Infrastructure Programs: Minnesota supports industrial development and redevelopment through two programs that offer up to 50% off the cost of public infrastructure, up to $500,000. The programs are the Greater Minnesota Public Infrastructure Program and the Innovative Business Development Public Infrastructure Grant Program.

Indian Business Loan Program: Supports the development of Indian-owned and operated businesses and promotes economic opportunities for Indian people throughout the state. The Minnesota Chippewa Tribe has authority to use program funds to make loans to businesses owned and operated by an enrolled member of any of its six participating bands—Bois Forte, Fond du Lac, Grand Portage, Leech Lake, Mille Lacs and White Earth. Applicants must be enrolled members of a federally recognized Minnesota-based band or tribe. Businesses must be wholly owned by an enrolled member and can be located anywhere in the state, although the bulk of the loans are made to businesses on a reservation. Loan proceeds may cover start-up and expansion costs. Loans may not exceed 75% of the project’s costs or the balance of the funds available to any one tribe. Owners must provide a portion of the financing needed to undertake the project. The amount varies between 5% and 10%, depending upon the requirements of each band or tribe.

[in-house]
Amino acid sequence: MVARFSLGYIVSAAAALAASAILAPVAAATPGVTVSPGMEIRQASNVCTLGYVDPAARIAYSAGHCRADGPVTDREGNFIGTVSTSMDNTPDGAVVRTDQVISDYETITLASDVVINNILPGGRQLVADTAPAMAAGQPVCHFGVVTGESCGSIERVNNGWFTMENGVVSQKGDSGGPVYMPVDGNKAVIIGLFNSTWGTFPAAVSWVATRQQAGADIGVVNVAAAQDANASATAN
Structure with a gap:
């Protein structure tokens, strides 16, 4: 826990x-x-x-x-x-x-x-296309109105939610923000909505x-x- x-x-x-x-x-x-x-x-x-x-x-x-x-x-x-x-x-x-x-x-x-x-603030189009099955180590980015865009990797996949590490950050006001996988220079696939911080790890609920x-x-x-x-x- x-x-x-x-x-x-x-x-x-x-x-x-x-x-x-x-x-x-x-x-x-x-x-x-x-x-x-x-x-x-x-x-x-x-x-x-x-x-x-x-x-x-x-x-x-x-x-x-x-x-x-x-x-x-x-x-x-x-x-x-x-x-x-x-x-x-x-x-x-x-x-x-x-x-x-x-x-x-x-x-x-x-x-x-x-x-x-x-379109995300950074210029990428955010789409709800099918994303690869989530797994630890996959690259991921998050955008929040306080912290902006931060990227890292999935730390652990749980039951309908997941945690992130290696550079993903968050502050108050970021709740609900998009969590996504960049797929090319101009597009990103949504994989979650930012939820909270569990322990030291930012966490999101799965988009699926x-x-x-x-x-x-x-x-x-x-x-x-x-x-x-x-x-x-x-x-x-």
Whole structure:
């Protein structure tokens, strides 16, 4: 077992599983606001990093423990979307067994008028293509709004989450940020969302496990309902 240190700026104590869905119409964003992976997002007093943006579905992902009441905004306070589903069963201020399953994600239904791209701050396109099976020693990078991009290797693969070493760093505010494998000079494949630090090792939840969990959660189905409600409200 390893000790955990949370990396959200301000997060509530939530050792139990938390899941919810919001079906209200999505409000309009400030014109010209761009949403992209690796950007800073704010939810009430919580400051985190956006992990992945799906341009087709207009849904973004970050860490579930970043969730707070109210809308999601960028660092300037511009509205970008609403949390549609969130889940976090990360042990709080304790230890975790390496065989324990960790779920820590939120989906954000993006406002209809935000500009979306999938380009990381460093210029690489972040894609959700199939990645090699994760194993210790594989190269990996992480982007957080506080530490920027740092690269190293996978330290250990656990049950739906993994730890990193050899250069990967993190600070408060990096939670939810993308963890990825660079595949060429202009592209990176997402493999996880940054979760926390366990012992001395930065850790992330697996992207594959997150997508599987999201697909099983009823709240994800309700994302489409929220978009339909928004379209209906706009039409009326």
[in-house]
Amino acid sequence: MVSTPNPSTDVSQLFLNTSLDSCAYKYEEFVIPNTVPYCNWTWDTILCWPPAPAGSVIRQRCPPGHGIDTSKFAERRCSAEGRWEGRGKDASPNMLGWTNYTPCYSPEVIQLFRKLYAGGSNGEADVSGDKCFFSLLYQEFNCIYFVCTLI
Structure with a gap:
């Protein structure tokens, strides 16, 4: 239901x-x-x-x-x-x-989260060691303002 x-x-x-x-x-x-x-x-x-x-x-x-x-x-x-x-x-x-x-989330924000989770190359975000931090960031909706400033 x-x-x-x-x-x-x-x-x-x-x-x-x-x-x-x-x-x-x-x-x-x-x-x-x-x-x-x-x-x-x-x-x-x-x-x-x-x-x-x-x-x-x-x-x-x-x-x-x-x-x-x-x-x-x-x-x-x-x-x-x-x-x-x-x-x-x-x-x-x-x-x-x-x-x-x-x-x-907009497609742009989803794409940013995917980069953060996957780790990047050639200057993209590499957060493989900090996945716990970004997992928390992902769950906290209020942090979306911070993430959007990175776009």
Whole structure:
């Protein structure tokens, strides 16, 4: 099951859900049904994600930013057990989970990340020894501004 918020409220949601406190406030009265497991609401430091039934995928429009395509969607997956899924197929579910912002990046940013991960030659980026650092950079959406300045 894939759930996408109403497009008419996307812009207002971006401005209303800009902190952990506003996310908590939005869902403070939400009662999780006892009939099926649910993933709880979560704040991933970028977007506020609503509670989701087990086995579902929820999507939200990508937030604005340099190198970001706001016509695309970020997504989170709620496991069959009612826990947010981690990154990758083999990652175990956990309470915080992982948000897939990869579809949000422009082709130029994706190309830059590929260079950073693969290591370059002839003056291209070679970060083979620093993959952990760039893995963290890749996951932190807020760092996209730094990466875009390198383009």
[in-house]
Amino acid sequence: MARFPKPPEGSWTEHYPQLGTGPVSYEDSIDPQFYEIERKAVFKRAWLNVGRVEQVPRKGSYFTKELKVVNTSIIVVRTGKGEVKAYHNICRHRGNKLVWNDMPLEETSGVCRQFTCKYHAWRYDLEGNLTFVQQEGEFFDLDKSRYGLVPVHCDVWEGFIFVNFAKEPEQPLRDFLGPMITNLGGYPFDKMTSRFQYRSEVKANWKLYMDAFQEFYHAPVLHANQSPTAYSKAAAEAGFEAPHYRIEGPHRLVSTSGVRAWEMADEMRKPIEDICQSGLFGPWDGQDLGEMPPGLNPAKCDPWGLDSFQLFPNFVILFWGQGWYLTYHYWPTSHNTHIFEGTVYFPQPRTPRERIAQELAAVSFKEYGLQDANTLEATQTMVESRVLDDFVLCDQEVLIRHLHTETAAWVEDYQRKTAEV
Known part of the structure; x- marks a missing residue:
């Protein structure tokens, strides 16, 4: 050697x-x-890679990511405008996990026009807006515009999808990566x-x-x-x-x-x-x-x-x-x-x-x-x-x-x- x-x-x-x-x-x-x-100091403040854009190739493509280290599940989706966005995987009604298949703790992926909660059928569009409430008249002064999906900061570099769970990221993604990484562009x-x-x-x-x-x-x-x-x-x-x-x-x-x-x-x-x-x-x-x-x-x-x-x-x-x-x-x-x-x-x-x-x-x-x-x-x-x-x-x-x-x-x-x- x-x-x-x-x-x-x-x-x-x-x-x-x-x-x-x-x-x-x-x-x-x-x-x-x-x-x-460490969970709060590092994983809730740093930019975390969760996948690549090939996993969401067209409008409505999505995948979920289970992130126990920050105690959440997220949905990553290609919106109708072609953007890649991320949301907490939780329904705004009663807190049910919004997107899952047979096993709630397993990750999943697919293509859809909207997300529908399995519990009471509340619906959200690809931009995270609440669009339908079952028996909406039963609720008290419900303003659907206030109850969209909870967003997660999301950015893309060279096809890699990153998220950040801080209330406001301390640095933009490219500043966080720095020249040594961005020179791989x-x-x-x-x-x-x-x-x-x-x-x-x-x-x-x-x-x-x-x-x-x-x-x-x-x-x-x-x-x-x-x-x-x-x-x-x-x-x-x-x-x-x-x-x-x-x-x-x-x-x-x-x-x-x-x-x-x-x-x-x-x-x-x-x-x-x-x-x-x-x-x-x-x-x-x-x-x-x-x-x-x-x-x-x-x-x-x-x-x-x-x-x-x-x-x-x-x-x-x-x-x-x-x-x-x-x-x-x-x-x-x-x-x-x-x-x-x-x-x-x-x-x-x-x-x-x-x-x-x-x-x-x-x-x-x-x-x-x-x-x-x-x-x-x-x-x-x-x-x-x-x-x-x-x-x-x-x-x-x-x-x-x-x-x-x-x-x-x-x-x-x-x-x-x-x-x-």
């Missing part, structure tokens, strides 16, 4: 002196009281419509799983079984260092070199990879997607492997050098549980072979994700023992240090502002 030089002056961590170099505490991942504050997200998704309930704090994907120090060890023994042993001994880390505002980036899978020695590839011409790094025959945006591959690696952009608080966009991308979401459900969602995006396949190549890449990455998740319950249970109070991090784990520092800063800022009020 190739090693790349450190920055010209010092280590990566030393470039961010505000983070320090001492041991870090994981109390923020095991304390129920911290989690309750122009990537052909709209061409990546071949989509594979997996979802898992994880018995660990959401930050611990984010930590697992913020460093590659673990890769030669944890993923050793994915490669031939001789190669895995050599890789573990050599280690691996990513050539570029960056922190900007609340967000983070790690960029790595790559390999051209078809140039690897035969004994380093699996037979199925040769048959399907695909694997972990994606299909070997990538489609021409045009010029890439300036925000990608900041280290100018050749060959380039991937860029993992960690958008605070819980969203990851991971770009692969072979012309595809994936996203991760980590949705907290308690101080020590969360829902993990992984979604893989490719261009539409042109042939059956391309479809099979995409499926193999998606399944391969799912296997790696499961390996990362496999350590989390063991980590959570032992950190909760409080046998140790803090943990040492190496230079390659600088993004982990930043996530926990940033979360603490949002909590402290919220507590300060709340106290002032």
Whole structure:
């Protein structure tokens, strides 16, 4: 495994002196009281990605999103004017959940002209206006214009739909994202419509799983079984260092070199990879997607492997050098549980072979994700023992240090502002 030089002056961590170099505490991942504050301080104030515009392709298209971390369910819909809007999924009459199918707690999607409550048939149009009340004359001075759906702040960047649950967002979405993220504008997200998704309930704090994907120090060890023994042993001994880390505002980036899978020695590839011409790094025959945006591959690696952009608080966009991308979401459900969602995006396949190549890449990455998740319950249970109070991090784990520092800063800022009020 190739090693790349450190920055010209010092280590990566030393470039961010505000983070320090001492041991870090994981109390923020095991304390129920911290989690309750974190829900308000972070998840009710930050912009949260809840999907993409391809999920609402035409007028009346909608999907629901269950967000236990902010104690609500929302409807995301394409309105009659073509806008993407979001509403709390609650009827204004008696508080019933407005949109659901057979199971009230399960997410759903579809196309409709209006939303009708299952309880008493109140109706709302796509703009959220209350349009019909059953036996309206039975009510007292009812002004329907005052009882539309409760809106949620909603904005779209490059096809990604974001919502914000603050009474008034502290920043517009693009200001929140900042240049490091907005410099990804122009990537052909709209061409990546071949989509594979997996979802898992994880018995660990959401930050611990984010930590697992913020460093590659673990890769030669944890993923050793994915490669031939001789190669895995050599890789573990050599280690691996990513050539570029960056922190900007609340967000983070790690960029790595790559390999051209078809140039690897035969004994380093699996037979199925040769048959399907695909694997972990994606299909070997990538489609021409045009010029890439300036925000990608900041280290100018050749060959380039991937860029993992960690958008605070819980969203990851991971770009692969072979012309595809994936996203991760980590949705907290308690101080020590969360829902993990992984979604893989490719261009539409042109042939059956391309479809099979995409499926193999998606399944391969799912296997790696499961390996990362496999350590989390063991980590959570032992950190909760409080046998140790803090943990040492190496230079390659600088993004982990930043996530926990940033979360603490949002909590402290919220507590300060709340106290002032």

Growth Acceleration Program: Provides consulting services to help small manufacturers that employ up to 100 workers become more efficient, more competitive and more likely to thrive and grow. The program provides grants of up to $50,000, which are matched dollar-for-dollar by companies. The grants are typically used to analyze and improve business and manufacturing processes.

Local Energy Improvements Financing Program: Provides low-interest loans to building owners who want to make their properties more energy-efficient. Open to qualified residential, commercial and industrial property owners in Minnesota, the program is funded through revenue bonds issued by participating local governments. Building owners pay back the loans through a special tax assessment that may not exceed 20 years. The energy improvements can be any permanent change to a building that leads to a net reduction in energy consumption without altering the principal source of energy.